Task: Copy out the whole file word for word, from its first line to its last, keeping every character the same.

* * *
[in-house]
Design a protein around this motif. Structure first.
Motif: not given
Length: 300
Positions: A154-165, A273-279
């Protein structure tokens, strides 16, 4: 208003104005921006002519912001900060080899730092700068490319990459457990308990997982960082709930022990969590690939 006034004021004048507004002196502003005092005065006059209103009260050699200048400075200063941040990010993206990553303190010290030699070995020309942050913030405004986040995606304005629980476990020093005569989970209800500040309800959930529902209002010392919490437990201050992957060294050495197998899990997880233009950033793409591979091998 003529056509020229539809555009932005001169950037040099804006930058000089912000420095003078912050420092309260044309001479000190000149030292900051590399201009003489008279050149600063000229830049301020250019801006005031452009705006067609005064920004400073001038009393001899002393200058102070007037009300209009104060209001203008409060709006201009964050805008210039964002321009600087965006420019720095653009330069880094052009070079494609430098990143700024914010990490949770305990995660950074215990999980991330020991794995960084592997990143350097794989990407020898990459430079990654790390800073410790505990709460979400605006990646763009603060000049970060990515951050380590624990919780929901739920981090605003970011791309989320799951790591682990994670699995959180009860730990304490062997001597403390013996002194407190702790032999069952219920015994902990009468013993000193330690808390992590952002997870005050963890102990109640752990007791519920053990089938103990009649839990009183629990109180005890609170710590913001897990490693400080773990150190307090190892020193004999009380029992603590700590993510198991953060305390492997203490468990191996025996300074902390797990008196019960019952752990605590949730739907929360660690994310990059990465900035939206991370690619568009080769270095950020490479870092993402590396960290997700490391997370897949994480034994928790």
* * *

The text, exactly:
[in-house]
Design a protein around this motif. Structure first.
Motif: not given
Length: 300
Positions: A154-165, A273-279
């Protein structure tokens, strides 16, 4: 208003104005921006002519912001900060080899730092700068490319990459457990308990997982960082709930022990969590690939 006034004021004048507004002196502003005092005065006059209103009260050699200048400075200063941040990010993206990553303190010290030699070995020309942050913030405004986040995606304005629980476990020093005569989970209800500040309800959930529902209002010392919490437990201050992957060294050495197998899990997880233009950033793409591979091998 003529056509020229539809555009932005001169950037040099804006930058000089912000420095003078912050420092309260044309001479000190000149030292900051590399201009003489008279050149600063000229830049301020250019801006005031452009705006067609005064920004400073001038009393001899002393200058102070007037009300209009104060209001203008409060709006201009964050805008210039964002321009600087965006420019720095653009330069880094052009070079494609430098990143700024914010990490949770305990995660950074215990999980991330020991794995960084592997990143350097794989990407020898990459430079990654790390800073410790505990709460979400605006990646763009603060000049970060990515951050380590624990919780929901739920981090605003970011791309989320799951790591682990994670699995959180009860730990304490062997001597403390013996002194407190702790032999069952219920015994902990009468013993000193330690808390992590952002997870005050963890102990109640752990007791519920053990089938103990009649839990009183629990109180005890609170710590913001897990490693400080773990150190307090190892020193004999009380029992603590700590993510198991953060305390492997203490468990191996025996300074902390797990008196019960019952752990605590949730739907929360660690994310990059990465900035939206991370690619568009080769270095950020490479870092993402590396960290997700490391997370897949994480034994928790």